KN ordered to send $100 million down the pipe to Questar
A local judge has ordered more than $100 million paid to an energy company after deciding it largely abided by its contract with a second firm in constructing a gas pipeline.
In what is believed to be the largest civil award in Garfield County history, 9th Judicial District Judge Thomas Ossola ordered KN TransColorado to pay more than $127 million to Questar Corp. to buy out Questar’s share of the 300-mile TransColorado pipeline, which originates in the Piceance Creek Basin northwest of Rifle.
Questar was entitled under the terms of the partnership contract to demand such a buyout. But KN sued Questar, contending the contract should be rescinded because Questar secretly built a second, competing pipeline. KN sought $500 million in damages.
Ossola rejected KN’s contention and sided with Questar, which countersued to force acceptance of the buyout. But the judge found that Questar failed to make good on a promise to provide gas compression at the Piceance Creek end of the TransColorado pipeline. He awarded KN $21.8 million to compensate for that failure.
But on KN’s larger allegation that Questar undermined the TransColorado partnership, Ossola showed little sympathy for KN, finding that it did much itself to harm the partnership.
“KNTCs is not entitled to rescission (of the contract), because it engaged in the same conduct, or worse, it accuses (Questar) of doing,” Ossola wrote in his judgment, handed down Monday.
This included secret dealings on KN’s part that even involved a plan to “slow down, stop, kill, destroy and restructure” the pipeline project, Ossola wrote.
“This court finds that both parties engaged in some level of conduct that was inconsistent with their being partners and maximizing the interest of the partnership.”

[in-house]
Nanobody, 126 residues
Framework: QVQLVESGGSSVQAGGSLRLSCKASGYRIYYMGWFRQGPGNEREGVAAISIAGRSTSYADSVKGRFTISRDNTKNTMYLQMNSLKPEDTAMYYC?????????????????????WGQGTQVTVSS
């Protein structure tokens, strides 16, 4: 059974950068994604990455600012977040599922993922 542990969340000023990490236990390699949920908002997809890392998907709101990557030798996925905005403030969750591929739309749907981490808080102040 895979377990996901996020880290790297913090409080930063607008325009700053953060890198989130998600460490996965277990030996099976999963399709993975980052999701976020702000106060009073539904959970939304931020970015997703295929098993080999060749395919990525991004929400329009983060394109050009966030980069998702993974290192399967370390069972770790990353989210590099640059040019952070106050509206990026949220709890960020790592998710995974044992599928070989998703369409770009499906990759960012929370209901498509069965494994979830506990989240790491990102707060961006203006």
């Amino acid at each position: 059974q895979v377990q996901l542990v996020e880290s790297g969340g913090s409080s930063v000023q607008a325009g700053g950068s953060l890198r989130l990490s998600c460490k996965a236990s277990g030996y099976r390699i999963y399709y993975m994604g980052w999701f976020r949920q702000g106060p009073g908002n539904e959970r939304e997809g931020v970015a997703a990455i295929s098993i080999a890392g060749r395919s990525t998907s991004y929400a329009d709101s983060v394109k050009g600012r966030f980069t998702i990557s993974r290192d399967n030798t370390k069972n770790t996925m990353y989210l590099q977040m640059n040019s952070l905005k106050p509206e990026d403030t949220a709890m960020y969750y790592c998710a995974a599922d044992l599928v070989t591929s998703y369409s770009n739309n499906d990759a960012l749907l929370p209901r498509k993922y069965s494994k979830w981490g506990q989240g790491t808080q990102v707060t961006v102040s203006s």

Both parties gave examples of conduct by the other that “that arguably could be evidence of unclean hands,” Ossola wrote.
The civil trial ran from April 1 to May 2.
Sandy Karp, a trial lawyer with Leavenworth and Karp in Glenwood Springs who helped represent Questar, said the verdict may be one of the biggest ever in Colorado.
While many such business lawsuits are settled to avoid the extra expense and added risk of a trial, Karp said Questar wanted a trial to clear its name of allegations that it had dealt dishonestly with KN.
“Principally what we wanted was exactly what we got from this judge,” Karp said.
Bill Allison, president of KNTC, said in a prepared statement, “We are disappointed that we did not achieve the total victory we sought. Nevertheless, we feel that the finding that Questar Pipeline Co. was obligated and failed to provide the necessary support to the project by its refusal to build compression is a significant vindication for KNTC.”
Ossola found that KN owed $114.8 million for the buyout, $2.7 million for cash contributions made since Questar attempted to exercise the buyout clause, $100,000 in loan origination fees paid by Questar due to KN’s failure to honor the clause, and $10.1 million in prejudgment interest.
The pipeline’s 2002 pre-tax cash flow is projected to be about $21 million, Allison said.
The award to Questar will be partially offset by the $21.8 million owed by Questar for failure to provide the promised gas compression.
Ossola additionally ruled, “Because both parties have failed to live up to their obligations, neither party should be entitled to attorney fees or costs associated with this litigation.”
Allison said attorneys were reviewing the 72-page opinion to determine whether they would recommend appeal.
The dispute between Questar and KN has its roots in a pipeline project that was originally projected to cost about $220 million to build, but ended up costing $340 million. Each party agreed to pay half the expense of construction.